More unmarked graves discovered in British Columbia at a former Indigenous residential school known as ‘Canada’s Alcatraz’

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The latest grim discovery follows other similar findings in British Columbia and the province of Saskatchewan.

Hundreds of unmarked graves have been discovered in recent weeks and dozens of investigations, many using ground radar, are continuing on the grounds of former residential schools across the country.

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“It is impossible to overcome genocide and human rights violations. Healing is an ongoing process, and sometimes it goes well, and sometimes we lose more people because the burden is too great. We are at a different time where we have to face it.” trauma as a result of this genocide. Every time we do that, it is possible to heal a little bit more,” the Penelakut tribe said in a statement posted by the neighboring Cowichan tribes on its Facebook page.

The Penelakut tribe confirmed the contents of the statement to CNN, but has not yet responded to a request for comment.

In a 1997 documentary posted to YouTube and produced with federal funding, Kuper Industrial School survivors describe it as “Canada’s Alcatraz.”

Survivors of the school on the island say some children died after going into the water in whatever they could find to try to escape the abuse they suffered at the school.

The statement, on behalf of Penelakut chieftain Joan Brown and councilors, did not say whether ground radar was used to uncover the unmarked graves or whether they contained the remains of children or adults.

The Kuper Island Residential School in British Columbia is depicted in this June 19, 1941 archival photograph.

“We understand that many of our brothers and sisters from our neighboring communities have attended Kuper Island Industrial School. We also recognize with immense sadness and loss that too many people have not returned home,” the tribe said in the statement.

The Penelakut tribe announced to neighboring tribes and communities that they would be holding “healing sessions” and a march for the “lost” children in the coming weeks. The school operated from the end of the 19th century until it closed in 1975.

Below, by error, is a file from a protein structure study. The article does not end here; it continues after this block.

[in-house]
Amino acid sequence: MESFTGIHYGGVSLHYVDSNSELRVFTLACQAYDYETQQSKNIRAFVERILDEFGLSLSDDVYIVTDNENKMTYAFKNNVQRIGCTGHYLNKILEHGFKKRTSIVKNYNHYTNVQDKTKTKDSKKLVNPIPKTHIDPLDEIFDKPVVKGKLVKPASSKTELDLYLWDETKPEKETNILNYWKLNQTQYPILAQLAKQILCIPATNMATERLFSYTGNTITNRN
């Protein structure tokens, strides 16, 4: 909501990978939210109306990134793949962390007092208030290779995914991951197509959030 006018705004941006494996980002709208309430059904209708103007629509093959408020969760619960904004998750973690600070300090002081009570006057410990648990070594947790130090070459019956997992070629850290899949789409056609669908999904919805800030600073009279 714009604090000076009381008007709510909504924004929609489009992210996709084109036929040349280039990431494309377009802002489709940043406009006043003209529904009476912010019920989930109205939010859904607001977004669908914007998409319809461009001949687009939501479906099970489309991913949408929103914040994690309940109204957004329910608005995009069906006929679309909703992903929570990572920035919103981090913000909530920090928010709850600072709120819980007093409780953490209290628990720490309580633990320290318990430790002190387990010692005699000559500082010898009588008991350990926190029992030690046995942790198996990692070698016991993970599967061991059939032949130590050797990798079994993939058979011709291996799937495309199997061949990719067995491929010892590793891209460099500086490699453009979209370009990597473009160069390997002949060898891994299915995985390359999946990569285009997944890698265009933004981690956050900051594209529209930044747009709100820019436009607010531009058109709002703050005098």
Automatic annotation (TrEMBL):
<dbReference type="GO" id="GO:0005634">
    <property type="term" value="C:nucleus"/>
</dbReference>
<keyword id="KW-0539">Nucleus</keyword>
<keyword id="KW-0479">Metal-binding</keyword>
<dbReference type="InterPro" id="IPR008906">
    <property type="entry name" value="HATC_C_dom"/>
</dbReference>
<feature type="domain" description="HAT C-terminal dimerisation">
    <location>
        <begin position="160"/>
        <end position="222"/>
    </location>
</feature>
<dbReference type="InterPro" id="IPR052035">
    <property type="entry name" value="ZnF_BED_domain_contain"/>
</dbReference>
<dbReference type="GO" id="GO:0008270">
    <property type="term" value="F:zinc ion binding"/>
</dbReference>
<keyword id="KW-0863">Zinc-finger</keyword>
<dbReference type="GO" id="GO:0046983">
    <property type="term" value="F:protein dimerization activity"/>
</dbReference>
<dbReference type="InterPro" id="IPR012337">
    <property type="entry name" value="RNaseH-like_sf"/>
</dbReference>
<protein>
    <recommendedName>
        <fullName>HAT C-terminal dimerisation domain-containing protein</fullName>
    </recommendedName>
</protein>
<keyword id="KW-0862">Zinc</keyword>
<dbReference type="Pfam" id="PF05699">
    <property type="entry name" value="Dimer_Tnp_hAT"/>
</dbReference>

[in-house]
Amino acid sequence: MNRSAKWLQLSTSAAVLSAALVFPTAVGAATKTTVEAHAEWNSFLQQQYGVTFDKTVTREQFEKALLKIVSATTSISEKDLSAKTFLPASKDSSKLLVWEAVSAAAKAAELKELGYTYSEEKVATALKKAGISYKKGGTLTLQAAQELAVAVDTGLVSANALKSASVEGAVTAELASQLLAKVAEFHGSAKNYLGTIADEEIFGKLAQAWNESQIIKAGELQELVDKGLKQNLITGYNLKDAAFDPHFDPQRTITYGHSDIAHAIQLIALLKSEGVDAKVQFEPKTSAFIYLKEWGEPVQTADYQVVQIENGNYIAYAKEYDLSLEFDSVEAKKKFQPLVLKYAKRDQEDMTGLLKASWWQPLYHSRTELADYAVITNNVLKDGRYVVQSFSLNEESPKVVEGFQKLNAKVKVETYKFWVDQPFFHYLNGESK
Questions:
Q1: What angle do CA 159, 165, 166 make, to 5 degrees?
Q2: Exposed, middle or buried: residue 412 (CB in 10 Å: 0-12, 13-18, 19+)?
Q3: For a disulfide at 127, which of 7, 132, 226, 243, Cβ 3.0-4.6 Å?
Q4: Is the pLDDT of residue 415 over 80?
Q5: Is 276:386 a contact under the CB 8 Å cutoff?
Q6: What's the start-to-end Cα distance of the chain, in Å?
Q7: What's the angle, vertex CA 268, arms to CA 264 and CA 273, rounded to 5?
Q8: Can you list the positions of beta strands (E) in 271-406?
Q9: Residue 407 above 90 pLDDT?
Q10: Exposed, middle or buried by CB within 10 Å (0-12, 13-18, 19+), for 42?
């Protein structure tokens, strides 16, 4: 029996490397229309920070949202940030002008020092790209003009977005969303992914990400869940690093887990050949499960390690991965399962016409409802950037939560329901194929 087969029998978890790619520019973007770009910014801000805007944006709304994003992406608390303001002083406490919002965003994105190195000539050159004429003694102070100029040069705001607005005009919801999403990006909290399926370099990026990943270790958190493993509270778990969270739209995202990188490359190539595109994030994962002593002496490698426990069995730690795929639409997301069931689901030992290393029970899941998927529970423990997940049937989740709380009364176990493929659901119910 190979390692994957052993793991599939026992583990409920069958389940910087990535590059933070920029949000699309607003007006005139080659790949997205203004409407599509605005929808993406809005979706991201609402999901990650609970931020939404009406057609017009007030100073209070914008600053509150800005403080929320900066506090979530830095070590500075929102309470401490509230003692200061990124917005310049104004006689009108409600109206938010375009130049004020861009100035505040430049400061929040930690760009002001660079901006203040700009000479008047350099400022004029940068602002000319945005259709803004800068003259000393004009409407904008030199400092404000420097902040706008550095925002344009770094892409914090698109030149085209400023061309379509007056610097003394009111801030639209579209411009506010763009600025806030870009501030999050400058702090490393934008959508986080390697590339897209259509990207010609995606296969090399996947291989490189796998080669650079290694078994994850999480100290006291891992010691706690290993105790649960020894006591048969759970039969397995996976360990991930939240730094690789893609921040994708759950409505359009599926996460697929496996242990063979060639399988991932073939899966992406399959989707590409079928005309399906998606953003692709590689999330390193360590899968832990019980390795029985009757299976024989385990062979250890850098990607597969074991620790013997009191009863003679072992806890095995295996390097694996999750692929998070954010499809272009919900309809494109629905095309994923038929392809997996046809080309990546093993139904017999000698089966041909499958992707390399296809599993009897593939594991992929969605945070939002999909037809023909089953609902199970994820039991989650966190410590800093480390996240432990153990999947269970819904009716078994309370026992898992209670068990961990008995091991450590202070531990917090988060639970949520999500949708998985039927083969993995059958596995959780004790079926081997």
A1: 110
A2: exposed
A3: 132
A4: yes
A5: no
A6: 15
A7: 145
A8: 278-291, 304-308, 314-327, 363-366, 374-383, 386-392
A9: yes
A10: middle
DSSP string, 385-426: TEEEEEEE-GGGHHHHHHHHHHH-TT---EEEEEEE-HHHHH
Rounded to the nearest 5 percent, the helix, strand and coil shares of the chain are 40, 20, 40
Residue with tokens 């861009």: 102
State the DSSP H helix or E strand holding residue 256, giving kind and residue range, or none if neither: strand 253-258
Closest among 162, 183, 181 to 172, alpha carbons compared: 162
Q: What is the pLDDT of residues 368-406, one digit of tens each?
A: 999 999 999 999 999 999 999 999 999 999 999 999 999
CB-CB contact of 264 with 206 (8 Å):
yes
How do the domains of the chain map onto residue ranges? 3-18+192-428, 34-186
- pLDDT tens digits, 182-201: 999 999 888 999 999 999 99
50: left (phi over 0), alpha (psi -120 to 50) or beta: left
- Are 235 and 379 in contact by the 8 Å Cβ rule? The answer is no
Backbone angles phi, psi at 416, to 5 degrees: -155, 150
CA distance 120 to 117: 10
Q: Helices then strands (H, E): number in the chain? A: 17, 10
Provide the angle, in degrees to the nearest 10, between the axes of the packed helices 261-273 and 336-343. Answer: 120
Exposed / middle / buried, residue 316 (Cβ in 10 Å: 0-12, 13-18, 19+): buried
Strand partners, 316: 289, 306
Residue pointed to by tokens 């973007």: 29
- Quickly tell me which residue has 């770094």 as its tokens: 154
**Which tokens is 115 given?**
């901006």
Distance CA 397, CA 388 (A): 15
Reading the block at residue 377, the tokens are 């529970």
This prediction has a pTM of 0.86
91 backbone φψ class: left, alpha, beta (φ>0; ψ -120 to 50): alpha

The Canadian government has said it would fund more research into unmarked graves in Indigenous communities across the country, but has also been criticized for not doing so before, as outlined by the Truth and Reconciliation Commission in its 2015 report.

“My heart breaks for the Penelakut tribe and for all Indigenous communities across Canada. I only recognize these findings as the pain that families, survivors and all Indigenous peoples and communities already feel and that they confirm a truth they have known for a long time. members of the Penelakut tribe, we are here for you,” Prime Minister Justin Trudeau said at a virtual news conference in Ottawa on Tuesday.

The shocking abuse described by victims has been well documented for decades, but this latest discovery deepens a national reckoning over unmarked graves and why the deaths went undocumented for so long.

The Tk’emlúps of BC’s Secwépemc First Nation, which recently revealed it had found at least 215 unmarked graves on the site of the former Kamloops Indian Residential School, said it would release more details about its findings on Thursday.

The Truth and Reconciliation Commission reported that more than 4,000 indigenous children in residential schools died from neglect or abuse.

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